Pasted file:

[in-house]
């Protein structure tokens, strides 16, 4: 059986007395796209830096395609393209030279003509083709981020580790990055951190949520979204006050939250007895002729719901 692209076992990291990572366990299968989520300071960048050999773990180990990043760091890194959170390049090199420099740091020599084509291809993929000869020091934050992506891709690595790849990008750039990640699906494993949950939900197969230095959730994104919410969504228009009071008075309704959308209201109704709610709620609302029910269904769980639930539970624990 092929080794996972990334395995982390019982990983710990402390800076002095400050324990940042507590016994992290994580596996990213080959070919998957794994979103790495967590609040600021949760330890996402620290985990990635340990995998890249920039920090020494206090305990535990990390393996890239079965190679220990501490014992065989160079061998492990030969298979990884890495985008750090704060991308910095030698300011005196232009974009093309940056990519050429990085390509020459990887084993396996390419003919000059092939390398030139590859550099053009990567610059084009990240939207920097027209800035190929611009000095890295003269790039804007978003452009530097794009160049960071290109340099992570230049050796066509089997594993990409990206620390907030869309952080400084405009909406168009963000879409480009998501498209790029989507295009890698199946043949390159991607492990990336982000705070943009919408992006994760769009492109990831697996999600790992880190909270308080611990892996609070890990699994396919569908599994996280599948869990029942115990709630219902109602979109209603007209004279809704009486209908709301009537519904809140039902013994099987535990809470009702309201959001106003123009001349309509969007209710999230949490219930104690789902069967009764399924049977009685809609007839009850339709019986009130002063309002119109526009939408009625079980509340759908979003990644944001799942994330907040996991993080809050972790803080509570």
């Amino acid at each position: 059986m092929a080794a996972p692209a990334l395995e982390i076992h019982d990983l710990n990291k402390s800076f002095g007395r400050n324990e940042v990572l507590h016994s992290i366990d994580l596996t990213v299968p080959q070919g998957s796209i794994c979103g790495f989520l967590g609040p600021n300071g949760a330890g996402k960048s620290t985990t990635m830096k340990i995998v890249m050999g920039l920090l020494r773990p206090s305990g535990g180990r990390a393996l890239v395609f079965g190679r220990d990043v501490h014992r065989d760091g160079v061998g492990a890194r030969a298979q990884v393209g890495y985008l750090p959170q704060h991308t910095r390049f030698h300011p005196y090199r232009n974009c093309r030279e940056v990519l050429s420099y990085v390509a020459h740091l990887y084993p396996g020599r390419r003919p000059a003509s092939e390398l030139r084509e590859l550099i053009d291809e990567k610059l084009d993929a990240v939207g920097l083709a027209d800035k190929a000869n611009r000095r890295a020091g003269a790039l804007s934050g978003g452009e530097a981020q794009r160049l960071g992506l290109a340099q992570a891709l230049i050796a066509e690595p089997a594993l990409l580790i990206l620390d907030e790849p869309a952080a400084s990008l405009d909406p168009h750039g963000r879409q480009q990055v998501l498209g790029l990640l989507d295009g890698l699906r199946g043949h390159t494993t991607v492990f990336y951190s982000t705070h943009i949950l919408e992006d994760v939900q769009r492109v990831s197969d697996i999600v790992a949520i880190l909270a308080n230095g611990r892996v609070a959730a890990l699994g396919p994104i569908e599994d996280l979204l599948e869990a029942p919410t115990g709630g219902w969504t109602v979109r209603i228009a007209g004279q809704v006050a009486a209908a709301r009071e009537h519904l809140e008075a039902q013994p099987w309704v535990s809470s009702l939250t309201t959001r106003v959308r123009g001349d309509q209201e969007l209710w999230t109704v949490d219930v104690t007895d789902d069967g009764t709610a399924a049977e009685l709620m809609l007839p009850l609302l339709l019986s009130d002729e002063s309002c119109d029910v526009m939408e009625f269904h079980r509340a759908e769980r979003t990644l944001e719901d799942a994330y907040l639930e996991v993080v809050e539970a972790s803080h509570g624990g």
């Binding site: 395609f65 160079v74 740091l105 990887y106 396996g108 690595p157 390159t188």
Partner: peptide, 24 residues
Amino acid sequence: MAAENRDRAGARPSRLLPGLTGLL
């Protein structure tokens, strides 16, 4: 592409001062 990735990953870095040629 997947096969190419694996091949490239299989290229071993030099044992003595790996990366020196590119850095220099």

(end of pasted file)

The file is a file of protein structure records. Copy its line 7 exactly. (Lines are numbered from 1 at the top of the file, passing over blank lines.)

């Protein structure tokens, strides 16, 4: 592409001062 990735990953870095040629 997947096969190419694996091949490239299989290229071993030099044992003595790996990366020196590119850095220099």